If you’re like most kids, you’ve probably heard at least one parent say, “Don’t forget to take your vitamin!” or “Eat your salad — it’s packed with vitamins!” But what exactly are vitamins?

Vitamins and minerals are substances that are found in the foods we eat. Your body needs them to work correctly, so you grow and develop just like you should. When it comes to vitamins, each one has a unique role to play. For example:

  • Vitamin D in milk helps your bones.
    Vitamin A in carrots helps you see at night.
    Vitamin C in oranges helps your body heal if you get a cut.
    B vitamins in whole grains help your body make energy from food.

Vitamins Hang Out in Water and Fat
There are two types of vitamins: fat-soluble and water-soluble.

The vitamins are stored in the fat tissues in your body and liver when you eat foods that contain fat-soluble vitamins. They wait around in your body fat until your body needs them.

Fat-soluble vitamins are happy to stay stored in your body for a while — some stay for a few days, some for up to 6 months! When it’s time for them to be used, individual carriers in your body take them to where they’re needed. Vitamins A, D, E, and K are all fat-soluble vitamins.

Water-soluble vitamins are different. When you eat foods that have water-soluble vitamins, the vitamins don’t get stored as much in your body. Instead, they travel through your bloodstream. Whatever your body doesn’t use comes out when you urinate (pee).

So these kinds of vitamins need to be replaced often because they don’t stick around! This crowd of vitamins includes vitamin C and the big group of B vitamins — B1 (thiamin), B2 (riboflavin), niacin, B6 (pyridoxine), folic acid, B12 (cobalamin), biotin, and pantothenic acid.

Vitamins Feed Your Needs

Your body is one powerful machine, capable of doing all sorts of things by itself. But when it comes to vitamins, it can use some help. That’s where food comes in. Your body can get the vitamins it needs from the foods you eat because different foods contain different vitamins. The key is to eat different foods to get an assortment of vitamins. Some kids take a daily vitamin, but most kids don’t need one if they’re eating a variety of healthy foods.

Now, let’s look more closely at vitamins — from A to K:

Vitamin A

This vitamin plays a massive part in eyesight. It’s great for night vision, like when you’re trick-or-treating on Halloween. Vitamin A helps you see in color, too, from the brightest yellow to the darkest purple. Besides, it helps your body fight infections by boosting your immune system.

Which foods are rich in vitamin A?

  • milk fortified with vitamin A
    orange fruits and vegetables (like cantaloupe, carrots, sweet potatoes)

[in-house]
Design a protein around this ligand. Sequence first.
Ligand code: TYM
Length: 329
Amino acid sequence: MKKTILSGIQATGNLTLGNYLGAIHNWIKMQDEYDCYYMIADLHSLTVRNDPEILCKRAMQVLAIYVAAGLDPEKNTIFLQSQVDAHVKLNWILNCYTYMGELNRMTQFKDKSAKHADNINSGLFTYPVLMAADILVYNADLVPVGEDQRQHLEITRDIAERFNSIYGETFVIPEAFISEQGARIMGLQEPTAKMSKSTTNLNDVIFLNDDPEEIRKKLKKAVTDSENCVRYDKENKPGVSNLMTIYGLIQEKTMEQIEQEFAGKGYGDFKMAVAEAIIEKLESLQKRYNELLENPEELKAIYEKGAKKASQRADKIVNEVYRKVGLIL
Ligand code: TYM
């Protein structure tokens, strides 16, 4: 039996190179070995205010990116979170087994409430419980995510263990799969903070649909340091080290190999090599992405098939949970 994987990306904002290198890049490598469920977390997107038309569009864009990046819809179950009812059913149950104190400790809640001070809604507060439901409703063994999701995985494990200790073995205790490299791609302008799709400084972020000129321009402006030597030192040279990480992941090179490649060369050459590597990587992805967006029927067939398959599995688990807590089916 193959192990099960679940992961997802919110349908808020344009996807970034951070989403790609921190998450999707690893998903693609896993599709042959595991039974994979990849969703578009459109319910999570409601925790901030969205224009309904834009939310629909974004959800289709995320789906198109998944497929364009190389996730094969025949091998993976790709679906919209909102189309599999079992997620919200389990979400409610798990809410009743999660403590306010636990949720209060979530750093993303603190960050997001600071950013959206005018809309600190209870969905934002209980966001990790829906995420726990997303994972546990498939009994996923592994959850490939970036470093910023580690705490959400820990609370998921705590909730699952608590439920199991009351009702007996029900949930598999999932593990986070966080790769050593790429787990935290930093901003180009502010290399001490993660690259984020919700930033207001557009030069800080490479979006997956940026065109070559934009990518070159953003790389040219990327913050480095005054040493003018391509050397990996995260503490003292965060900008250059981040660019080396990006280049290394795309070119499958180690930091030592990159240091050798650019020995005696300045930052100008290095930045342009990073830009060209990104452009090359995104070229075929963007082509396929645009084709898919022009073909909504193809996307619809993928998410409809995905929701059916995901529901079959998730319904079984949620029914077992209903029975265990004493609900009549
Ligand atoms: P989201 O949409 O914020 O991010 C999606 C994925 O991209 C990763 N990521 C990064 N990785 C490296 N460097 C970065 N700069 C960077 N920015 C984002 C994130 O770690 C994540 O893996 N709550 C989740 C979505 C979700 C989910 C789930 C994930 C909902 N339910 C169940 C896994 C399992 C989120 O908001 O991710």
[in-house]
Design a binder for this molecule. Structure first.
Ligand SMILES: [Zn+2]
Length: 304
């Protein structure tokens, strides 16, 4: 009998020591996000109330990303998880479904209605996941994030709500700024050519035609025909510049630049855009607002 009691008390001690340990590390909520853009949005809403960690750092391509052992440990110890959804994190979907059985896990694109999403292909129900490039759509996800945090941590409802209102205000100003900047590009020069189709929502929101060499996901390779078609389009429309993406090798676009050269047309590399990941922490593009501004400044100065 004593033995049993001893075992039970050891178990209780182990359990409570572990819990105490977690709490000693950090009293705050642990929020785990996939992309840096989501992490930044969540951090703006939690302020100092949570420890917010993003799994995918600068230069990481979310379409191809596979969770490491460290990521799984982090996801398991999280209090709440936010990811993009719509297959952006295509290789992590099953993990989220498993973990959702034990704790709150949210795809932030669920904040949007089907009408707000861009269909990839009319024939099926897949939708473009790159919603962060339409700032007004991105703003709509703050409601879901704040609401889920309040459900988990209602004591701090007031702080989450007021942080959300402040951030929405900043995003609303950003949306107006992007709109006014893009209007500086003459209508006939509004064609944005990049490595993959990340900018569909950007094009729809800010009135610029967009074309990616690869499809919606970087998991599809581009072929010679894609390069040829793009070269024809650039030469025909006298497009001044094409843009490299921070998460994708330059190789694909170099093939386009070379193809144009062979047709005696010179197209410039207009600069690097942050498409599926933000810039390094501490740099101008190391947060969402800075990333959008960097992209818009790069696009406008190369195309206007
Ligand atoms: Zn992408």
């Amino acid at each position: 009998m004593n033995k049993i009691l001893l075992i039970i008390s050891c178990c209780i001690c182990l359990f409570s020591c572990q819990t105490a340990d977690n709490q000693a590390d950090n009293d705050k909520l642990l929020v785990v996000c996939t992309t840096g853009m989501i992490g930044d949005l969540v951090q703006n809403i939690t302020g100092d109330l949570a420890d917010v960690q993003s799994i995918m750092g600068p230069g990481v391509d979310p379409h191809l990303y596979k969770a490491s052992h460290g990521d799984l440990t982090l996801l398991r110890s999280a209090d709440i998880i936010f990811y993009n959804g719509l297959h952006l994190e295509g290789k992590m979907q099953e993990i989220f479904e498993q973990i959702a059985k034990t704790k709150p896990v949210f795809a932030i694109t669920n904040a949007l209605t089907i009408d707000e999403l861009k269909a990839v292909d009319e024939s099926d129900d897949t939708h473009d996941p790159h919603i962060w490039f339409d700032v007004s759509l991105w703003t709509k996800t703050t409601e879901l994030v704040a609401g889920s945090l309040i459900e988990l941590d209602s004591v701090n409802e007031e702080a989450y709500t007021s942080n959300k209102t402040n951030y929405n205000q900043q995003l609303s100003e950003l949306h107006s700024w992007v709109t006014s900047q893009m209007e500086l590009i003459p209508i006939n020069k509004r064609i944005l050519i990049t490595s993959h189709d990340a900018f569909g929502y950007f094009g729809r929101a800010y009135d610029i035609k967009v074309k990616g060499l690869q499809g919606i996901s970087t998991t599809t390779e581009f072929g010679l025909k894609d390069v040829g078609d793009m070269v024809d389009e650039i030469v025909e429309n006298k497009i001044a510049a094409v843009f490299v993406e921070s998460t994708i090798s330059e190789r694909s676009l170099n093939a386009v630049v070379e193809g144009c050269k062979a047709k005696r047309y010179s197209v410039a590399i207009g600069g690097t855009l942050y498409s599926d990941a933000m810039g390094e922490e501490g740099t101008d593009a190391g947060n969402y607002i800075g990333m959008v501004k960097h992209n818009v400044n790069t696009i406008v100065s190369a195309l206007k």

dark green leafy vegetables (like kale, collards, spinach)

The B Vitamins

There’s more than one B vitamin. Here’s the list: B1, B2, B6, B12, niacin, folic acid, biotin, and pantothenic acid. Whew — that’s quite a group!

The B vitamins are essential in metabolic activity — this means that they help make energy and set it free when your body needs it. So the next time you’re running to third base, thank those B vitamins.

This group of vitamins is involved in making red blood cells that carry oxygen throughout your body. Every part of your body needs oxygen to work correctly, so these B vitamins have an essential job.

Which foods are rich in vitamin B?

  • whole grains, such as wheat and oats
    fish and seafood
    poultry and meats
    dairy products, like milk and yogurt
    leafy green vegetables
    beans and peas

Vitamin C

This vitamin is essential for keeping body tissues, such as gums, bones, and blood vessels in good shape. C is also crucial if you get a cut or wound because it helps you heal.

This vitamin also helps your body resist infection. This means that even though you can’t always avoid getting sick, vitamin C makes it a little harder for your body to become infected with an illness.

Which foods are rich in vitamin C?

  • citrus fruits, like oranges
    kiwi fruit
    sweet red peppers

Vitamin D

No bones about it . . . vitamin D is the vitamin you need for strong bones! It’s also great for forming healthy teeth. Vitamin D even lends a hand to an essential mineral — it helps your body absorb the amount of calcium it needs. Vitamin D is made in the skin when exposed to sunlight, or you can get it from the foods you eat.

Which foods are rich in vitamin D?

  • milk fortified with vitamin D
    egg yolks
    fortified cereal

Vitamin E

Everybody needs E. This hard-working vitamin protects your cells and tissues from damage. It is also essential for the health of red blood cells.